2. Literature Review: Background
2.1 The current state of health in the developed world, and the incidence of heart disease
Within developed countries, heart disease is the single biggest cause of death (Parlimentary Office of Science and Technology, 2005). In the UK, heart disease is the main cause of death for men and women, and represents 20% of male deaths and approximately 12% of female (Office of National Statistics 2006).
2.2. The influence of diet on heart problems
Heart disease is clearly linked with a number of conditions as causes, including obesity and hypertension. Most heart problems are caused by the build up of fatty deposits within artery linings, or ‘atheroma’, in turn linked to ‘lifestyle factors’ including smoking, diet and exercise. A poor diet can lead to obesity, which is directly linked to cardiovascular disease, and conversely eating a healthy diet can help keep weight down and reduce the risk of heart problems. (Patient.co.uk [online] 2011). This section will elaborate on these links.
3. Literature Review: The role of the food industry
This section will look at the role the food industry plays in improving diet. It will include a historical overview of the industry and its changing role, and will cover the different ways in which manufacturers of food and other bodies might influence diet, including supply of information about products, food advertising, labelling and pricing, and government policies on food, education and industry standards (Hawkes et al 2010). The relationship between manufacturers and legislation and guidelines will also be considered. This section will also look at the extent to which the food industry should take responsibility, and particularly at the relationship played by personal choice.
This section will also look at specific products, including products which are linked with obesity and heart disease, such as foods high in trans-fats and salt. The section will also look at products which the food industry claim can help with heart disease, for example Omega 3 fatty acid. It has been claimed that a diet rich in omega-3 fatty acids is linked to reduced rates of heart disease in both men and women (Hu et al 2002). Over the last 100 years or so, Western diets have changed to include much less omega 3 fatty acids, found in fish oils. In Japan, the people of Kohama Island have the longest life expectancy worldwide, and lowest rates of heart disease, and also have high concentrations of omega 3 (Simopoulos, 1999)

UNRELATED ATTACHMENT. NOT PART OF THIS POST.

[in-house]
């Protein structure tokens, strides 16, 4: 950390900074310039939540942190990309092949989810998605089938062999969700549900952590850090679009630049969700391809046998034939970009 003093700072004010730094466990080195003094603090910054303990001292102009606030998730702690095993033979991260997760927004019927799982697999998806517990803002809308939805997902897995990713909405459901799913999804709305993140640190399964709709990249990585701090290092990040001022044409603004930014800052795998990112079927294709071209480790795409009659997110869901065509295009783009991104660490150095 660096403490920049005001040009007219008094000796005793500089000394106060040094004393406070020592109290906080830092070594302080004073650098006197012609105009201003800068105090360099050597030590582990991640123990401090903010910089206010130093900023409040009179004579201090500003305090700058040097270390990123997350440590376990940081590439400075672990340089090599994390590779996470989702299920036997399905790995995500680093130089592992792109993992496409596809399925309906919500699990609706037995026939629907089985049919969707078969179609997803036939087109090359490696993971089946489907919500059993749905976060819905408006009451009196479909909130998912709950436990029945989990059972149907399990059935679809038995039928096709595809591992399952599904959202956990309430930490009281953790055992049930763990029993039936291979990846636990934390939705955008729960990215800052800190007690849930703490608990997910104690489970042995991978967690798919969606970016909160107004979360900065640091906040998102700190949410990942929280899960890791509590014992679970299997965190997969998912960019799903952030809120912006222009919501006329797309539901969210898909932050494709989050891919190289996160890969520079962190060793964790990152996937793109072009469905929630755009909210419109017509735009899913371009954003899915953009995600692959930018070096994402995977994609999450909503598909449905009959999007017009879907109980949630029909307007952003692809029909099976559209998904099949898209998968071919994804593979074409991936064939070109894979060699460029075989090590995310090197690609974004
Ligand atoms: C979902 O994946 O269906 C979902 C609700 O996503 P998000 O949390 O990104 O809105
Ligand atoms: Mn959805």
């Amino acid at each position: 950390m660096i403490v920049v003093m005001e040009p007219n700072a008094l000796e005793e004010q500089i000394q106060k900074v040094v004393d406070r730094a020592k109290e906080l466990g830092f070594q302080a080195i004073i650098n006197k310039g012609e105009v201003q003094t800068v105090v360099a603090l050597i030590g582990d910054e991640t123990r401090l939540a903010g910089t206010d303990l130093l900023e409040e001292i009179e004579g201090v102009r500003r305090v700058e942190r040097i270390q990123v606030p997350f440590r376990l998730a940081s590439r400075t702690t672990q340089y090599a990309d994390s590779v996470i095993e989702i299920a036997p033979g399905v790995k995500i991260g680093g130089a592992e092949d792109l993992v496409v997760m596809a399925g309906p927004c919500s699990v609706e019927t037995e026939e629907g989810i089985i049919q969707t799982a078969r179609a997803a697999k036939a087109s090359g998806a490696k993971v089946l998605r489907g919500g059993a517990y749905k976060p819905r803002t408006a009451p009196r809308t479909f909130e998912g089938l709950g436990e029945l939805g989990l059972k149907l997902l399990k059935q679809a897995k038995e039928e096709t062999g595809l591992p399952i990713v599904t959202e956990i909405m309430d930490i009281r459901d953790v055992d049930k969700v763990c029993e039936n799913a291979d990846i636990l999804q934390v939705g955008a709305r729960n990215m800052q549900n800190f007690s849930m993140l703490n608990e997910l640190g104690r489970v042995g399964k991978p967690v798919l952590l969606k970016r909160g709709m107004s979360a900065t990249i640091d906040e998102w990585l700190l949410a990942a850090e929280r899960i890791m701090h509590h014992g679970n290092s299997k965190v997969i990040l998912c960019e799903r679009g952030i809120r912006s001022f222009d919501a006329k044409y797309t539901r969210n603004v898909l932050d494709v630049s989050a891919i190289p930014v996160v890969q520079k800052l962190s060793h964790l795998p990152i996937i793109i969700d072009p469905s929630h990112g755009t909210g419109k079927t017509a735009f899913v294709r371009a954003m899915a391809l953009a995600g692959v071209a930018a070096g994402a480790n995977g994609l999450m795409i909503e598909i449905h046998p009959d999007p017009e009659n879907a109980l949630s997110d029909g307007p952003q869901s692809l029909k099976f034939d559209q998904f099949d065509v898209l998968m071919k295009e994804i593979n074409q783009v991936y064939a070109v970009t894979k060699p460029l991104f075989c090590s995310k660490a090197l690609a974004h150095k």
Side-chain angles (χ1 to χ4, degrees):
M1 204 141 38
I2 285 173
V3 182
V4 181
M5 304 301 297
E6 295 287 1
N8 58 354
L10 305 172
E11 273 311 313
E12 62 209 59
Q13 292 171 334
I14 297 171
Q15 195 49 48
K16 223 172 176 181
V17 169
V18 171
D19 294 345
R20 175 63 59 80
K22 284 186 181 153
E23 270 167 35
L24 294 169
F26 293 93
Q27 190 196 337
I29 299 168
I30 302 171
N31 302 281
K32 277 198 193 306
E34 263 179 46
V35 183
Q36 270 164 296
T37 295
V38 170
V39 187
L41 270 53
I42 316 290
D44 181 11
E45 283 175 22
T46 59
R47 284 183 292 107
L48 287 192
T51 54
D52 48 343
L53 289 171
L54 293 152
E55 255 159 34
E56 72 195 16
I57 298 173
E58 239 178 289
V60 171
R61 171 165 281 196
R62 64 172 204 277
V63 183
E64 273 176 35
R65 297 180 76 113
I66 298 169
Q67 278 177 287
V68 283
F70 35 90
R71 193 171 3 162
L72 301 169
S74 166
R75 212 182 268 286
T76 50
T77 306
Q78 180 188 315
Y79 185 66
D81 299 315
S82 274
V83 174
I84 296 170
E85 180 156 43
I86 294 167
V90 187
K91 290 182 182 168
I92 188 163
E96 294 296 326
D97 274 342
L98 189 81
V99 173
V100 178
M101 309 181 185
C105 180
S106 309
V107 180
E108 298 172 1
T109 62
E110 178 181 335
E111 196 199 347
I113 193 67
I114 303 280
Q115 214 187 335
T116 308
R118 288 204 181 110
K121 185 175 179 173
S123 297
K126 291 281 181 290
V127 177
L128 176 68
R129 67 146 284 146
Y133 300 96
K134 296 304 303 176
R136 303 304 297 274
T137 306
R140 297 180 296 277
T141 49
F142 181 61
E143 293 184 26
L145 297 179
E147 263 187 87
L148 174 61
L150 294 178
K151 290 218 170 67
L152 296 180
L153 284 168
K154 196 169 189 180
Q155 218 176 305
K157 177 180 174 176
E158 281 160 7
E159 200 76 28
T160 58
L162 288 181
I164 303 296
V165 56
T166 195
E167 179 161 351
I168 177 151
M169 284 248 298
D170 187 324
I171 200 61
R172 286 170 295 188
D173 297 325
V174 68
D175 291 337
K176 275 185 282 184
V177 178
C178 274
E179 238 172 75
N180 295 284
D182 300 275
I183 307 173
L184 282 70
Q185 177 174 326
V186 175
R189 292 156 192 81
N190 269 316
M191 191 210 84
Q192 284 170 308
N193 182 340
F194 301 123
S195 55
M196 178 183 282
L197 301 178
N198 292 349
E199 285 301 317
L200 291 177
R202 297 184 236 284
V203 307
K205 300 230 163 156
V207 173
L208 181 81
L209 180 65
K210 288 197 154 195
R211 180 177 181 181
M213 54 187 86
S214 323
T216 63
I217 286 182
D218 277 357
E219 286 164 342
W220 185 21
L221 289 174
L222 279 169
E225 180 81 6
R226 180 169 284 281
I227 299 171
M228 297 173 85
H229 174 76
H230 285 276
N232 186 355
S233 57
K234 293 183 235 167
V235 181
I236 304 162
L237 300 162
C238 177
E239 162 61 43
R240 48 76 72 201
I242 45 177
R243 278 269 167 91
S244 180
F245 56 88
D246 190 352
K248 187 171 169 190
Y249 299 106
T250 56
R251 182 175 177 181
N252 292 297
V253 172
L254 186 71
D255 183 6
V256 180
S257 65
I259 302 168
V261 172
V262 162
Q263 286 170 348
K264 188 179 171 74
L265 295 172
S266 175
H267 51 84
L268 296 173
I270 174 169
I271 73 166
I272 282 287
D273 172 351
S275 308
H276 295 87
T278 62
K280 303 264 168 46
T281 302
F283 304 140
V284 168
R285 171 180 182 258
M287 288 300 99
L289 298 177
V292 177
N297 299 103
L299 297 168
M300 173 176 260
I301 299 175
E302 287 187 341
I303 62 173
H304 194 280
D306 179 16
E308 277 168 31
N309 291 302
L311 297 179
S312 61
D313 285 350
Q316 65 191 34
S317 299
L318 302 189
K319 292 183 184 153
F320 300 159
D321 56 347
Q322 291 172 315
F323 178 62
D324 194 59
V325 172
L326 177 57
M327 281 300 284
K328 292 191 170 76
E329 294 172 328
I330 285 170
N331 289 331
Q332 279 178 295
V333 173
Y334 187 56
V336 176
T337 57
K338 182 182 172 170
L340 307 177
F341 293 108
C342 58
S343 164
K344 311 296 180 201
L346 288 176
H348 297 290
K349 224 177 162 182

3.1 The Future
This section will look at whether the food industry are playing as much of a role as they can in improving diet and, what further contributions they can make. It will have a discussive format, integrating evidence collected for earlier sections, and making suggestions for improvements.
4. Methodology
The study will take the form of an extended literature review and discussion, drawing information from a variety of sources. Online searches of academic and other databases will be used to find relevant information. The study will attempt to limit discussion to recent published sources, and sources relevant to the UK. The overall research approach is positivist, assuming an objective view, and assuming that reality can be measured and explained using scientific principles of investigation and qualitative data collection (Belk 2006)